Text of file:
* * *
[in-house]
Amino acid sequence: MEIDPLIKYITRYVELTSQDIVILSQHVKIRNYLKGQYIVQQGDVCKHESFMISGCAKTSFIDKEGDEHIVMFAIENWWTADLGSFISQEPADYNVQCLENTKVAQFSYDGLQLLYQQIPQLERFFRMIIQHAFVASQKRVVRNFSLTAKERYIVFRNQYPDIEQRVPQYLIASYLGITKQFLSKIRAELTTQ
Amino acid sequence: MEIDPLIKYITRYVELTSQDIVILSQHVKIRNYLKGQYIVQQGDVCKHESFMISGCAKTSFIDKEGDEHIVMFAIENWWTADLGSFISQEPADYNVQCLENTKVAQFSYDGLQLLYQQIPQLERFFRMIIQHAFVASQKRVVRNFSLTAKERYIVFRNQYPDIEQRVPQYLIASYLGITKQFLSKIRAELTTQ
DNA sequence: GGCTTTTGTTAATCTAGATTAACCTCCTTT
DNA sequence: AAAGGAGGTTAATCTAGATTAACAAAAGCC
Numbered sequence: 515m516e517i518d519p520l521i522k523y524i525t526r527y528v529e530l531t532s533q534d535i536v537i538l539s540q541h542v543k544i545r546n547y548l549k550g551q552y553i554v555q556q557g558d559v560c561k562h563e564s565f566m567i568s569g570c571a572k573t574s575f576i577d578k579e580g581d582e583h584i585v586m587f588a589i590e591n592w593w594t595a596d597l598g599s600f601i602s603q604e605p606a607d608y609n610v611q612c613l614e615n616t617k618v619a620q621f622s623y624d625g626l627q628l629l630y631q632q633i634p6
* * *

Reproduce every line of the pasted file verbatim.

[in-house]
Amino acid sequence: MEIDPLIKYITRYVELTSQDIVILSQHVKIRNYLKGQYIVQQGDVCKHESFMISGCAKTSFIDKEGDEHIVMFAIENWWTADLGSFISQEPADYNVQCLENTKVAQFSYDGLQLLYQQIPQLERFFRMIIQHAFVASQKRVVRNFSLTAKERYIVFRNQYPDIEQRVPQYLIASYLGITKQFLSKIRAELTTQ
Amino acid sequence: MEIDPLIKYITRYVELTSQDIVILSQHVKIRNYLKGQYIVQQGDVCKHESFMISGCAKTSFIDKEGDEHIVMFAIENWWTADLGSFISQEPADYNVQCLENTKVAQFSYDGLQLLYQQIPQLERFFRMIIQHAFVASQKRVVRNFSLTAKERYIVFRNQYPDIEQRVPQYLIASYLGITKQFLSKIRAELTTQ
DNA sequence: GGCTTTTGTTAATCTAGATTAACCTCCTTT
DNA sequence: AAAGGAGGTTAATCTAGATTAACAAAAGCC
Numbered sequence: 515m516e517i518d519p520l521i522k523y524i525t526r527y528v529e530l531t532s533q534d535i536v537i538l539s540q541h542v543k544i545r546n547y548l549k550g551q552y553i554v555q556q557g558d559v560c561k562h563e564s565f566m567i568s569g570c571a572k573t574s575f576i577d578k579e580g581d582e583h584i585v586m587f588a589i590e591n592w593w594t595a596d597l598g599s600f601i602s603q604e605p606a607d608y609n610v611q612c613l614e615n616t617k618v619a620q621f622s623y624d625g626l627q628l629l630y631q632q633i634p6